On May 1, 2020, Oregon Department of Human Services presented their quarterly update with the focus on the agency’s response to COVID-19. Rebecca Jones Gaston spoke briefly on the response from Child Welfare. She noted that in-person visitation has been suspended, but that the agency is looking to alternatives including community supervised and technology based visits. Her message to the public about Child Welfare’s response was highly positive, which belies the reality on the ground. Foster parents are facing a lot of pressure to facilitate visits and if they are unwilling or unable to do so, the agency is slow to respond with solutions. Technology is not universally available to children and their parents, and parents have other barriers such as unstable housing, lack of internet access, and disruption in services that make regular visitation difficult if not impossible.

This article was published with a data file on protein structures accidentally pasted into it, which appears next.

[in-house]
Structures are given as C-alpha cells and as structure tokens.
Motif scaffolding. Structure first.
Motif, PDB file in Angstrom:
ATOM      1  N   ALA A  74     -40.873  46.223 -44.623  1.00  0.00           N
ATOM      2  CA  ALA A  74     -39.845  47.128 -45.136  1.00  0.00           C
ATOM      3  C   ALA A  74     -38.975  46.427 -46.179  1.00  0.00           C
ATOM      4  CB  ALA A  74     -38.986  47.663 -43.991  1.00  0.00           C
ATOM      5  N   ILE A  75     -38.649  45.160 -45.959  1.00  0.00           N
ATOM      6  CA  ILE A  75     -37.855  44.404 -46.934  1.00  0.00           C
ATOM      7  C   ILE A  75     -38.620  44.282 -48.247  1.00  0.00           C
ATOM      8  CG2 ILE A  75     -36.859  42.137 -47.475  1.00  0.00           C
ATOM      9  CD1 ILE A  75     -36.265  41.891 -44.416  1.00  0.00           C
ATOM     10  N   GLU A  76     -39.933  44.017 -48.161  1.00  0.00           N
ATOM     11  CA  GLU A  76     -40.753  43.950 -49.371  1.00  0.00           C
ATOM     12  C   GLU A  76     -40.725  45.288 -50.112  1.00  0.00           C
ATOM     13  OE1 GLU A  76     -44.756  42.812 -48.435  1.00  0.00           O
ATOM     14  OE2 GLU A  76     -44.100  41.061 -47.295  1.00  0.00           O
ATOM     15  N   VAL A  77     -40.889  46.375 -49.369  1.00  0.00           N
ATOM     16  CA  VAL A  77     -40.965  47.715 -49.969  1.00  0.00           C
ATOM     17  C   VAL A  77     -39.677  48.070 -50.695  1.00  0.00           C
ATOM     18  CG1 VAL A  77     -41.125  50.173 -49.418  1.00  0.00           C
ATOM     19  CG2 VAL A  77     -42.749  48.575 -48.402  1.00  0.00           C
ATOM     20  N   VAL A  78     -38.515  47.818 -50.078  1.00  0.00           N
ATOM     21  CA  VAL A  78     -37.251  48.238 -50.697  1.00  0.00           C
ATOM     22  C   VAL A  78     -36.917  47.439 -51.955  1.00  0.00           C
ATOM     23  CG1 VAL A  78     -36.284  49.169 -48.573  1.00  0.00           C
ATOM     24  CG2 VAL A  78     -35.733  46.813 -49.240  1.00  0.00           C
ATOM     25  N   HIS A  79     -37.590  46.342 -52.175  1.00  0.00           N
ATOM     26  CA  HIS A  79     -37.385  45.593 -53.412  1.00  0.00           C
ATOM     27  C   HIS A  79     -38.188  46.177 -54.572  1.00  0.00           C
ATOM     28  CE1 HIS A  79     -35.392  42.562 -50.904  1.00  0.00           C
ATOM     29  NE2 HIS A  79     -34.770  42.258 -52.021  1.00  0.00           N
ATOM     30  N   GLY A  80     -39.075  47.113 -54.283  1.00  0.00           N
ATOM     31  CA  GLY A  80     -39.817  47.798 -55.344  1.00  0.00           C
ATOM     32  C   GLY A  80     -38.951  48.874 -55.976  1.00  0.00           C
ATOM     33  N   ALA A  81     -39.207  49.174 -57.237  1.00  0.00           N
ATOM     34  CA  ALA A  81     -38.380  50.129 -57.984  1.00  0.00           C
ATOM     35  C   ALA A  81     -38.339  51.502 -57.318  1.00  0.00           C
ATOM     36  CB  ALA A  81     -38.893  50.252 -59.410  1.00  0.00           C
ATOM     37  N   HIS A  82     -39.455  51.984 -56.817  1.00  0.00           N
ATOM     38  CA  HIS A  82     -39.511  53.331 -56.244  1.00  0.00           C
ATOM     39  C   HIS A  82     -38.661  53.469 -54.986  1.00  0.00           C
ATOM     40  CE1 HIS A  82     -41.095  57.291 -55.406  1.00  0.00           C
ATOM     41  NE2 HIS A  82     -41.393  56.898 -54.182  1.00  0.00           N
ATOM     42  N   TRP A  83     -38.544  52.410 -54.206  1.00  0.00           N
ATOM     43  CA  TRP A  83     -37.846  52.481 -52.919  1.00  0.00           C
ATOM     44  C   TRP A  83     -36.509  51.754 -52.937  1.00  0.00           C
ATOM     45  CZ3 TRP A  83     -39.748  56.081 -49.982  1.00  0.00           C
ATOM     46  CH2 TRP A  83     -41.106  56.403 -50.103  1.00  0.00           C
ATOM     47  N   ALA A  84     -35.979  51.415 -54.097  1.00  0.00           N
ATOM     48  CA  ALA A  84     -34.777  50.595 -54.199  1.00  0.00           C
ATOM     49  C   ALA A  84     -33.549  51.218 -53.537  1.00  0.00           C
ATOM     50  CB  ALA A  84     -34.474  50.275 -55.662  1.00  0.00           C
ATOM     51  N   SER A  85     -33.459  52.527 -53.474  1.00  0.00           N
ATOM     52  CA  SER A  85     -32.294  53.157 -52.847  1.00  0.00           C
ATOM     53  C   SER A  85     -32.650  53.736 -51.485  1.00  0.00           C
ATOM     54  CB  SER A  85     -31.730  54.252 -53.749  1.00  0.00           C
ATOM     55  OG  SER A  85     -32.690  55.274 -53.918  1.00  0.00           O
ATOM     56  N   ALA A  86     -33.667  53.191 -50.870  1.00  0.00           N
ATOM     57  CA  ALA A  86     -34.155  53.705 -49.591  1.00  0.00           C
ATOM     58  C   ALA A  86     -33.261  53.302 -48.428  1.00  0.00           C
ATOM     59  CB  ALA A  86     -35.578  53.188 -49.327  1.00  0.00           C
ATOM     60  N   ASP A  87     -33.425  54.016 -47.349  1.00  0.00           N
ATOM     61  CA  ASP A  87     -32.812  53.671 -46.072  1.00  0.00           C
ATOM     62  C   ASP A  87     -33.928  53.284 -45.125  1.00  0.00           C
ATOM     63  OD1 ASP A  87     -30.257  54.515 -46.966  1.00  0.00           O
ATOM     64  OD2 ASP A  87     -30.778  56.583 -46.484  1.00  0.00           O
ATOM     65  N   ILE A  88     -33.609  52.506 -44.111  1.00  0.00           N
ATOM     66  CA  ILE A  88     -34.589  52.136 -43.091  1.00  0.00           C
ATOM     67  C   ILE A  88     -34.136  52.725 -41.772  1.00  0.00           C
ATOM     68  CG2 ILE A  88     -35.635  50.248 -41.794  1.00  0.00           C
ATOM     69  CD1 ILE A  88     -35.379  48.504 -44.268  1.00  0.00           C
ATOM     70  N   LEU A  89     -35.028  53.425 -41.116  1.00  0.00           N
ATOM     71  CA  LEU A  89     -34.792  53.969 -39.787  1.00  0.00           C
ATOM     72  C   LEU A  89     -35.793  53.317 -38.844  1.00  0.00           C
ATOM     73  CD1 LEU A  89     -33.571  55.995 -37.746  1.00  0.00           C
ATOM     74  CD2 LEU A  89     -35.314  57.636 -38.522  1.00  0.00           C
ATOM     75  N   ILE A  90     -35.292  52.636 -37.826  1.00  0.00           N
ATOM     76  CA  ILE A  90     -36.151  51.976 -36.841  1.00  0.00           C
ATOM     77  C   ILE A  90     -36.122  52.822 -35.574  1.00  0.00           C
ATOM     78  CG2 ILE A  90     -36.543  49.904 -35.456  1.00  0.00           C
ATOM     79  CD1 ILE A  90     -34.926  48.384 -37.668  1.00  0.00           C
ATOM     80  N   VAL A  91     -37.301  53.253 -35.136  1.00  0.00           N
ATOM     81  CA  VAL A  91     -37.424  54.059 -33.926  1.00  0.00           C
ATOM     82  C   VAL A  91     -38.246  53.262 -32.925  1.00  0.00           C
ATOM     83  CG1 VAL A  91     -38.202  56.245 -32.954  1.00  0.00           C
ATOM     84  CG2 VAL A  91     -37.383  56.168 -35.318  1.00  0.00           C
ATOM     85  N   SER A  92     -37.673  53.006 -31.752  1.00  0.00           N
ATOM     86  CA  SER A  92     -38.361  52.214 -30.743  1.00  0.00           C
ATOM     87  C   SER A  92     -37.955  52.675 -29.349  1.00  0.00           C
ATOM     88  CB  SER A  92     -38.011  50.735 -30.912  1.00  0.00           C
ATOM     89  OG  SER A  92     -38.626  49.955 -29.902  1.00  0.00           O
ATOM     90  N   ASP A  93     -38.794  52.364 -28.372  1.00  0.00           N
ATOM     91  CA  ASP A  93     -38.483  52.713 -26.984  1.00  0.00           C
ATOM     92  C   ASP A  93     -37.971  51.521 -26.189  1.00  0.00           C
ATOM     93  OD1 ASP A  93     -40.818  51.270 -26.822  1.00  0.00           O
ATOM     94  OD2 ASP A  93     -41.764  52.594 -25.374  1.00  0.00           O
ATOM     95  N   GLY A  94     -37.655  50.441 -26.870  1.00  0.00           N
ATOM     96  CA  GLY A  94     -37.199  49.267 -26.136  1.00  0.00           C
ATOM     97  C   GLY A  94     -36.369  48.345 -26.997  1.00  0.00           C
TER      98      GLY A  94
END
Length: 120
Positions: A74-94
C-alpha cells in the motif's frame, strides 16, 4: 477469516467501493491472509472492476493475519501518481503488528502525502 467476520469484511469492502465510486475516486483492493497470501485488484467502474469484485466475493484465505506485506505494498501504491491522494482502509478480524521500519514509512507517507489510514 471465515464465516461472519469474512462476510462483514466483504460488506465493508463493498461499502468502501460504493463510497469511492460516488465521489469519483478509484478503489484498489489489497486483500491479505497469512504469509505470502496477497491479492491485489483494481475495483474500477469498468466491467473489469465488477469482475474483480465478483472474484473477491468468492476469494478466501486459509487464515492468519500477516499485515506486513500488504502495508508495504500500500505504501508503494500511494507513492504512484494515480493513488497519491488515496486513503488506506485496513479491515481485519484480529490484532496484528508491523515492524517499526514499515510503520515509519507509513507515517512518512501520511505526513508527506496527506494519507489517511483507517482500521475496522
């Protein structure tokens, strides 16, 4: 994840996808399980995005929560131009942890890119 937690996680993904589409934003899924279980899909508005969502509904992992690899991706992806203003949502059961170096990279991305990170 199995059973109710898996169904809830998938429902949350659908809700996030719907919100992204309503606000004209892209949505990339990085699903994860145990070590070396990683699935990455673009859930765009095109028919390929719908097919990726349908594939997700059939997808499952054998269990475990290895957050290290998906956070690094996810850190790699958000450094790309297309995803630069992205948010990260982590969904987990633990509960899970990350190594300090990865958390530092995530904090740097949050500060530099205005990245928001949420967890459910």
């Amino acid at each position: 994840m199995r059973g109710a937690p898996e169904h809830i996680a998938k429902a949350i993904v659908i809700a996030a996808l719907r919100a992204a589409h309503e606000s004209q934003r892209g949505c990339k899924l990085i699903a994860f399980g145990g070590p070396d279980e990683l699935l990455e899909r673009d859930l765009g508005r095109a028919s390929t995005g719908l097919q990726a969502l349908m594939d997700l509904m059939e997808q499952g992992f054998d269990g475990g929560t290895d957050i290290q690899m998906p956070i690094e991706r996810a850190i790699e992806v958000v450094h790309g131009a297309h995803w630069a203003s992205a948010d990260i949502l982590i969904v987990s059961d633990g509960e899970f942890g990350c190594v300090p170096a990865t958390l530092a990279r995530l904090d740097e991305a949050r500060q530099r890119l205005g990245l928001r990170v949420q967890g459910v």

Ms. Gaston did note that as the world moves out of lockdown and back to normal, that normal was not working for Oregon families entrenched in the foster care system. She hope that the lessons learned during these unprecedented times can be used in the future to reshape the agency to be better at meeting the needs of parents and children. My hope is that she follows through on her goals and promises, but experience makes me unsure if a better system will actually be realized.